to changing forest conditions and climate
  • A warmer climate with more frequent burning could
    change species composition
  • Wet, warm climate could increase fuel production,
    with corresponding increases in fire intensity
    and size
  • Warmer-drier conditions might lead to intense
    fires followed by a decrease in fire severity as
    fuel production declined.
  • The forest-climate-fire system is dynamic

18
Area burned
  • Selway-Bitterroot Wilderness Area
  • 474,237 ha burned in 437 fires from 1880 to 1996
  • 7 yrs of extensive fire, 72 of all area burned
  • 1889, 1910, 1919, 1929, 1934, and 1988
  • Gila-Aldo Leopold Wilderness Complex
  • 147,356 ha burned in 232 fires from 1909 to 1993
  • 6 yrs of extensive fire, 71 of all area burned
  • 1909, 1946, 1951, 1985, 1992, 1993

19
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20
Area burned during three different eras of fire
management
21
Area burned and Palmer Drought Severity Index
(PDSI)
22
Fire frequency
  • Derived from the fire atlases
  • Fires gt50 ha

23
Gila/Aldo Leopold Wilderness Complex Mogollon
Baldy - Langstroth Mesa Transect
1904
9
1965
15
5
1968
5
1953
5
1992
5
37
1953
1904
10
1989
1938
1992
1986 - 1997 fires per 100 ha
Lightning Ignitions
Human Ignitions
24
Lightning, fires, topography and
vegetation GALWC, fires/100 ha,1986 - 1997
Lightning ignitions
Human ignitions
25
Climate from tree rings
  • Cross-dating is used to identify missing and
    false rings, and therefore to get accurate dates

Old trees give longer records
26
Changing fire patterns
27
Complex interactions
  • Fires influence global C
  • Fires release CO2
  • Fire-killed vegetation decomposes
  • Recovering vegetation may absorb less C
  • Fires will increase under climate change
  • Canada may experience a 50 increase in annual
    area burned (Amiro et al. 2001, Flannigan et al.
    1998)
  • The number of lightning fires could increase by
    30 (Price and Rind 1994)
  • Extended fire seasons

Canadian Forest Service. 2001. Forest fire
context for the Canadian Forest Services science
program. 2001. Available Online
lthttp//www.nrcan-rncan.gc.ca/cfs-scf/science/cont
ext_fire/index_e.htmlgt. Accessed November 2001.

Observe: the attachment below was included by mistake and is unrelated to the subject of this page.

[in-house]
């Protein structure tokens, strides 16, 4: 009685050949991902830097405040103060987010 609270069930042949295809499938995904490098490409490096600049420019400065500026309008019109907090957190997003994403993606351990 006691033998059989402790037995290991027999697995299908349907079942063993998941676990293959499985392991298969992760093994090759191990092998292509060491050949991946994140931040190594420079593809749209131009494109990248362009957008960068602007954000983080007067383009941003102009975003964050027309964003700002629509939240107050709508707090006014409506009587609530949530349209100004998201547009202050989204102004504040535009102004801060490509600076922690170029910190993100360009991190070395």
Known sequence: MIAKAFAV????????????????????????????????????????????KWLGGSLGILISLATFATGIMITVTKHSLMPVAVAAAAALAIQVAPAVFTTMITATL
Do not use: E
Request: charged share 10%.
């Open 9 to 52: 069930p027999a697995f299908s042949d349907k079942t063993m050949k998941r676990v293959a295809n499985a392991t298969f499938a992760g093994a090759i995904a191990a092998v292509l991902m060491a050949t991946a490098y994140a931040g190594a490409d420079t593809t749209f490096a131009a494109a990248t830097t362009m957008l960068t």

28
Drivers
  • Local site productivity
  • Topography
  • Climate
  • Fire exclusion policies
  • Land use
  • Exotic plants

29
Climate-vegetation-land use linkages
  • Climate is a major driver of fire occurrence in
    all fire regimes, but
  • Climate and climate variability only partially
    explains changes in fire regimes through time
  • Land use has altered fire regimes grazing (where
    fine fuels carry fires), roads (limit fire
    spread), fire suppression, logging, mining,
    exotics, etc.
  • Intensive grazing in dry forests (Swetnam and
    Baisan 1996 Swetnam and Betancourt 1990, 1998)
  • Fire suppression (Rollins et al. in press)
  • Less influential where infrequent,
    stand-replacing fires were the norm
  • Fire size has not changed in 20th century in
    chaparral of CA (Keeley et al. 1999)

30
What have we learned
  • Climate has an overriding importance at both
    broad and fine scales (Swetnam and Betancourt
    1998 Heyerdahl et al. 2001), particularly for
    extreme events.
  • Human impacts are ubiquitous as well, but more
    pronounced in altering fire regimes where fires
    were historically frequent (Hardy et al. 2001),
    and where human population density is high and
    land use is intense (e.g. chaparral in
    California, Keeley et al. 1999).

31
Challis National Forest, Idaho, Photo from Amy
Haak
Salmon R. in Idaho, Photo from Amy Haak